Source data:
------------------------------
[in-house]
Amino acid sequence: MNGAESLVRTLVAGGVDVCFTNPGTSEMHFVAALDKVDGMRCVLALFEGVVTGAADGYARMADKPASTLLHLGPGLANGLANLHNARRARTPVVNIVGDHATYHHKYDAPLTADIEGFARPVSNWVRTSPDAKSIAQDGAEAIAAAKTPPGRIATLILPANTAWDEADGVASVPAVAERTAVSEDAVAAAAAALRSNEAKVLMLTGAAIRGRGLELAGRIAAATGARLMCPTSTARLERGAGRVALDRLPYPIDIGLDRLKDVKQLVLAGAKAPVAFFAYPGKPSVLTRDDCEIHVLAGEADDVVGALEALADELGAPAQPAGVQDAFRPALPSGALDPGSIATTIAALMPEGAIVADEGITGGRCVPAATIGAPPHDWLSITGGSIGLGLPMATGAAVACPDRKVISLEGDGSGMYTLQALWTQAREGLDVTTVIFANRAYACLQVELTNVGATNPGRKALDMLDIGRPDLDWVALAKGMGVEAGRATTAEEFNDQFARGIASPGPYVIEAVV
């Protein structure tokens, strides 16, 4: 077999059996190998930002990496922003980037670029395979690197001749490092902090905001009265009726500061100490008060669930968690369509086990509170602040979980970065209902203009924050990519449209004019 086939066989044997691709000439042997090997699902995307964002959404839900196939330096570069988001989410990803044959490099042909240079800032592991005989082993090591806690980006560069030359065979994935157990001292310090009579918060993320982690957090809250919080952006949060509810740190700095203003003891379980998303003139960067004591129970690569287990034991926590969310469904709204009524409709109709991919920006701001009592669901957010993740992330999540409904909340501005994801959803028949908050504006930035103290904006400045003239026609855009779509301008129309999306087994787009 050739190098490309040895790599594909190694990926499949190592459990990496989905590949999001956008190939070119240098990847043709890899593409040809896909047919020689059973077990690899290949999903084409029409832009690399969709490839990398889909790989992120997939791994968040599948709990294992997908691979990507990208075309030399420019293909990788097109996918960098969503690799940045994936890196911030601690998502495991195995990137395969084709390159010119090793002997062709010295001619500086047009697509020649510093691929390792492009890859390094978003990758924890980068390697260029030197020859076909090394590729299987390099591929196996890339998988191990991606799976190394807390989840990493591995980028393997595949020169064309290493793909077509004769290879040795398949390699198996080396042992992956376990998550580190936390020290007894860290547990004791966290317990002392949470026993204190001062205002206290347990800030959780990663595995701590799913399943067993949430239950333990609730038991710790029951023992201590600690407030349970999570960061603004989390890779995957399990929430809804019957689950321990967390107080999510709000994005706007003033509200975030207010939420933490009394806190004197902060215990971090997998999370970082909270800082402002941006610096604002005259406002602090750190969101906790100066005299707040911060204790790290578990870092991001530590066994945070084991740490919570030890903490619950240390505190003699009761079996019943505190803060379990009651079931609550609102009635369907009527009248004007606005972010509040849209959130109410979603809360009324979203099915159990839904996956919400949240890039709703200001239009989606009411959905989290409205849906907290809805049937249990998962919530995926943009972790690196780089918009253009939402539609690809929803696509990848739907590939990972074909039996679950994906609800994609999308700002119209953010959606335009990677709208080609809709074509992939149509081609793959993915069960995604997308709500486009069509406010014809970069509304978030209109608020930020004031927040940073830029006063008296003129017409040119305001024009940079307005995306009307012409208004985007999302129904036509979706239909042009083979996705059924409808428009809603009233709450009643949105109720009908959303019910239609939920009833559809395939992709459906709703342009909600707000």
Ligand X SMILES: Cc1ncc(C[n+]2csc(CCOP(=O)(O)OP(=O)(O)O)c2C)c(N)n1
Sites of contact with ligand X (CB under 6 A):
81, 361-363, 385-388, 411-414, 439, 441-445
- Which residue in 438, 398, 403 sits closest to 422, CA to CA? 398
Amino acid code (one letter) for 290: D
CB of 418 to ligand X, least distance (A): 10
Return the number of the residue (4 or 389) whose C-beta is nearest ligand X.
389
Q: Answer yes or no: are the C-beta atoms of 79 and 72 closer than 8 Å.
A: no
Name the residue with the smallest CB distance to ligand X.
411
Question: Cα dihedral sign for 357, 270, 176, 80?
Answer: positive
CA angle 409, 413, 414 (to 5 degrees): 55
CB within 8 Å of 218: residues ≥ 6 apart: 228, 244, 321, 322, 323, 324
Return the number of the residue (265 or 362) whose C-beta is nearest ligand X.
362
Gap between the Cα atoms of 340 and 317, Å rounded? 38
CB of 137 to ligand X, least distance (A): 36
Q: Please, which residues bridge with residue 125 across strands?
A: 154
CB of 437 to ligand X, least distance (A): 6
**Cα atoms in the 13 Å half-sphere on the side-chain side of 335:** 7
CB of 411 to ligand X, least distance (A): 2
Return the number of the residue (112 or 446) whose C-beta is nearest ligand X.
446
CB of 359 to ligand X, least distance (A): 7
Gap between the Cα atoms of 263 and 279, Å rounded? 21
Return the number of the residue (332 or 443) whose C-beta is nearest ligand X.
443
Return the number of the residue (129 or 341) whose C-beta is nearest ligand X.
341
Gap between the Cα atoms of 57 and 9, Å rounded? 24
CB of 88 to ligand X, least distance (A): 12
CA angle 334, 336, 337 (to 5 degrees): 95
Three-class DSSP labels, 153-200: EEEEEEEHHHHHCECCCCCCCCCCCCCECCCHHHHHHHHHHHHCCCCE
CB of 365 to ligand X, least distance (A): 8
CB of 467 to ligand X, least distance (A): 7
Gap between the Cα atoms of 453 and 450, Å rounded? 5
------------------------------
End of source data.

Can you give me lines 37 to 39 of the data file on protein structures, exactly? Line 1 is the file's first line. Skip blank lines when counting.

Gap between the Cα atoms of 57 and 9, Å rounded? 24
CB of 88 to ligand X, least distance (A): 12
CA angle 334, 336, 337 (to 5 degrees): 95